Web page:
According to Wikipedia’s entry on the Institute:
“… the collections of the Detroit Institute of Arts are generally encyclopedic and extensive, including ancient Greek, Roman, Etruscan, Mesopotamian, and Egyptian material, as well as a wide range of Islamic, African, and Asian art of all media.
We began at the Arts of Africa gallery, which I had visited within the past few years. The “fresh-eyes advantage” however, made the generous and diverse pieces in these galleries truly sing. Encompassing sculpture, texts, jewelry, traditional costume, painting, fiber works, videos of cultural and religious performances, contemporary pieces, furniture, functional pottery, weapons, ritual regalia, and more, the mind swells with amazement when witnessing these incredible works of art. Somehow the “roomier” halls, necessitated by social distancing allowed this visitor to truly relax into a time of peaceful and thoughtful communion with these artworks.
While group tours, including school field trips, will not be available at least until January 2021, according to Group Reservations Coordinator and Supervisor Shannon Bawulski, virtual resources are being developed and will be available later this fall. A highlighted collection of Learning Resources are currently being developed for the K-12 set. Additionally, “Art kits will be available for teachers to (rent) once school is back in session.” Ms. Bawulski notes that even while “virtual materials aren’t the same as walking through the museum and being in the presence of great works of art,” there is an upside, in that more visitors can be accommodated with virtual programming. For example, Ms. Bawulski explained during a recent phone conversation that “the ultra-popular ‘Spanish-Speaking Art World Tour’ is currently being adapted for virtual delivery.”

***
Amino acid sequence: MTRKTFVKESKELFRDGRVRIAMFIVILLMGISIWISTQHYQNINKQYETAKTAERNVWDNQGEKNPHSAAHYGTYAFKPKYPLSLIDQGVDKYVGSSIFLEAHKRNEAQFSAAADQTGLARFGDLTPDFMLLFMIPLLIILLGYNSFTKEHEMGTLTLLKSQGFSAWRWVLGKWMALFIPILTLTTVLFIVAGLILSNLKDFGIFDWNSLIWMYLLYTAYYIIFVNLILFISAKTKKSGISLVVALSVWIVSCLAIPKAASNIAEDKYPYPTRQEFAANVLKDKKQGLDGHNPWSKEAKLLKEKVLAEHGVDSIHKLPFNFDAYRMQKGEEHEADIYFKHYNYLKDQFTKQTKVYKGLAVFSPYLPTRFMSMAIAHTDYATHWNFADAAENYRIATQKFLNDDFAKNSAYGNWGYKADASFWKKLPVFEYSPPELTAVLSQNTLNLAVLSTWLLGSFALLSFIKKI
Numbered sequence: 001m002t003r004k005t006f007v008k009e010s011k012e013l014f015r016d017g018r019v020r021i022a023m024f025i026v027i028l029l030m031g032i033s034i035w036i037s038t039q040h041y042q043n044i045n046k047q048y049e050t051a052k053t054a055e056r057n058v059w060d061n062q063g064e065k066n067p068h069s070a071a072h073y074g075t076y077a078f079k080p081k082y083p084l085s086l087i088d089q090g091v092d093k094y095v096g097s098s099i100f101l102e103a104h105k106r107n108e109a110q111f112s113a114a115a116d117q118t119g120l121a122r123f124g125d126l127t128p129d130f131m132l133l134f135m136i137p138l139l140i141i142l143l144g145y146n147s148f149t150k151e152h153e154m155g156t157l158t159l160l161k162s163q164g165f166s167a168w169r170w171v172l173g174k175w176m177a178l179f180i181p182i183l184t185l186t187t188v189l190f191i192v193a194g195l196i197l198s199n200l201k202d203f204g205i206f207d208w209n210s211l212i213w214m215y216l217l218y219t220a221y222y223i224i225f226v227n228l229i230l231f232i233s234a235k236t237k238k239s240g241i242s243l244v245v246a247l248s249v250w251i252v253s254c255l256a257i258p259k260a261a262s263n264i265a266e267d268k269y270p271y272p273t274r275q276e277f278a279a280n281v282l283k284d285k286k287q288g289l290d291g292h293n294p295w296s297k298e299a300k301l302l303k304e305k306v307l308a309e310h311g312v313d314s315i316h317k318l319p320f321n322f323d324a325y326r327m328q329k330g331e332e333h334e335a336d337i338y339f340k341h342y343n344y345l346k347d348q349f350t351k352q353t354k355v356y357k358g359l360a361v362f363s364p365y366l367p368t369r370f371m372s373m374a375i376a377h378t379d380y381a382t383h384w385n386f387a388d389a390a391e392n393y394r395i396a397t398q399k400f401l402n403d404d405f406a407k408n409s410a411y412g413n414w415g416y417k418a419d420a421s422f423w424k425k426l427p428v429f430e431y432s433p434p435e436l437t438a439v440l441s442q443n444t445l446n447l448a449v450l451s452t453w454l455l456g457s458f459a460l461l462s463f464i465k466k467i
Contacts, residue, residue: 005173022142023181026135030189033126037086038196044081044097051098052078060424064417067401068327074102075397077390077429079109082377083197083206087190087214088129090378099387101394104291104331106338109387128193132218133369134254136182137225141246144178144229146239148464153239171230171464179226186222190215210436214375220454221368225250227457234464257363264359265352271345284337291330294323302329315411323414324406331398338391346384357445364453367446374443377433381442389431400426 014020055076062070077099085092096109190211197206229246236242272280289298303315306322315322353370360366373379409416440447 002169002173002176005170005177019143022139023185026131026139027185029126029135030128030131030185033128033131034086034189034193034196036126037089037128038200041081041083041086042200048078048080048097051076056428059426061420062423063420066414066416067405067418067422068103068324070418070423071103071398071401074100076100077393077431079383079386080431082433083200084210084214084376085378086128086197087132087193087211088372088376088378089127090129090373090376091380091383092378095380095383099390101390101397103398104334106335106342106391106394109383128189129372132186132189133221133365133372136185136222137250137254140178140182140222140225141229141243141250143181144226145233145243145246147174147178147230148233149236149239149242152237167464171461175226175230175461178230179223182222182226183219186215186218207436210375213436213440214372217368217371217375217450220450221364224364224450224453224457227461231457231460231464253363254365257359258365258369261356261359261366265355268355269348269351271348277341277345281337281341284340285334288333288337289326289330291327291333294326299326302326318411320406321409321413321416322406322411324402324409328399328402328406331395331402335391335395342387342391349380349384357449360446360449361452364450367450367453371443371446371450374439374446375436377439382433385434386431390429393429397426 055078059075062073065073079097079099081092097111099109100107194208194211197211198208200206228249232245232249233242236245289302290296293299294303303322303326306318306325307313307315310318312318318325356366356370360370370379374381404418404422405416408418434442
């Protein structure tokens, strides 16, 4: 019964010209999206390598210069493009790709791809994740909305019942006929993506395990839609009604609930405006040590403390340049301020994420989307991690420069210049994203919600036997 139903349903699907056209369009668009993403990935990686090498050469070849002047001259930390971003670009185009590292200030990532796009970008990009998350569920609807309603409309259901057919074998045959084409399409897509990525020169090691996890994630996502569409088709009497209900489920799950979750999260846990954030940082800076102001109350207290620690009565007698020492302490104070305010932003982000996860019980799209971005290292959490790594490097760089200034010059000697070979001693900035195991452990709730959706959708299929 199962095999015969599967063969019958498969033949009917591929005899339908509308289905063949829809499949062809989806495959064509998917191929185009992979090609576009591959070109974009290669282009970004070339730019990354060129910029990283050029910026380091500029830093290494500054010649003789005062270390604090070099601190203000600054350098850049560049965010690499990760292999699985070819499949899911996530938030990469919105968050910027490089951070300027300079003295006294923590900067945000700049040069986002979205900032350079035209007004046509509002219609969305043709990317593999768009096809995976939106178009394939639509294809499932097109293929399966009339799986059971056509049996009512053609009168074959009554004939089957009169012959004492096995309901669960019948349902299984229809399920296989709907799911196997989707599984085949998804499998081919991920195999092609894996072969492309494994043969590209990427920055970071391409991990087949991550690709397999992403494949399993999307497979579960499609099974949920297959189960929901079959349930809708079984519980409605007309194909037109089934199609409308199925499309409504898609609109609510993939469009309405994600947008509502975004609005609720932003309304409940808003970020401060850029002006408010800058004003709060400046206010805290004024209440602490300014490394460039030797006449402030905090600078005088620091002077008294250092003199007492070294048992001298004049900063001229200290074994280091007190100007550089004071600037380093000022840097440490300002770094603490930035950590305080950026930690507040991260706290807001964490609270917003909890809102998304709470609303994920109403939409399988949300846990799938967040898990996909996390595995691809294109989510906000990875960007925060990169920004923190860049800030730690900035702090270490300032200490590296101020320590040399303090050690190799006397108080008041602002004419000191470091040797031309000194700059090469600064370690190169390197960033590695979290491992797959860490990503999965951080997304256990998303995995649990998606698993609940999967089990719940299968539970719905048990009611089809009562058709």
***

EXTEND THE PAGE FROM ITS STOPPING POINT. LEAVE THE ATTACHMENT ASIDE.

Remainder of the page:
Other highlights of our visit included the Islamic Art Gallery, and the Budhist and Korean galleries. The Islamic pieces are so skillfully interpreted through contemporary and engaging didactics, photographs and inviting and thoughtful displays. In particular, this didactic poster entitled “Objects Traveled the Mediterreanean Sea” informed our engagement with the small functional artworks, crafted with glass, metal and ceramics. “For centuries- (between 1250-1500) these items likely traveled in trade ships on the Mediterranean Sea. Metalwork for Egypt and ceramics and silk textiles from Spain were traded widely in the Mediterranean region… As a result, artists were inspired by items that came from afar. Artists in Egypt and Syria created the glass and metalwork you see here. Glass blowers in Italy were inspired by the glass, which they imitated. And, potters in Spain took inspiration from the metalwork, creating ceramics such as those on view.” (Excerpt from Didactic Poster, Detroit Institute of the Arts)
Apparently, imitation is a form of giving a compliment in the visual and decorative art worlds! Learning about this form of artistic dialogue during our visit was fascinating. I found examining the sacred texts to be especially riveting.
Fall is a wonderful time to visit the Detroit Institute of Arts. Every aspect of our afternoon was sublime. Plan your visit, scoop up the family or a friend or two, and drink in the art safely.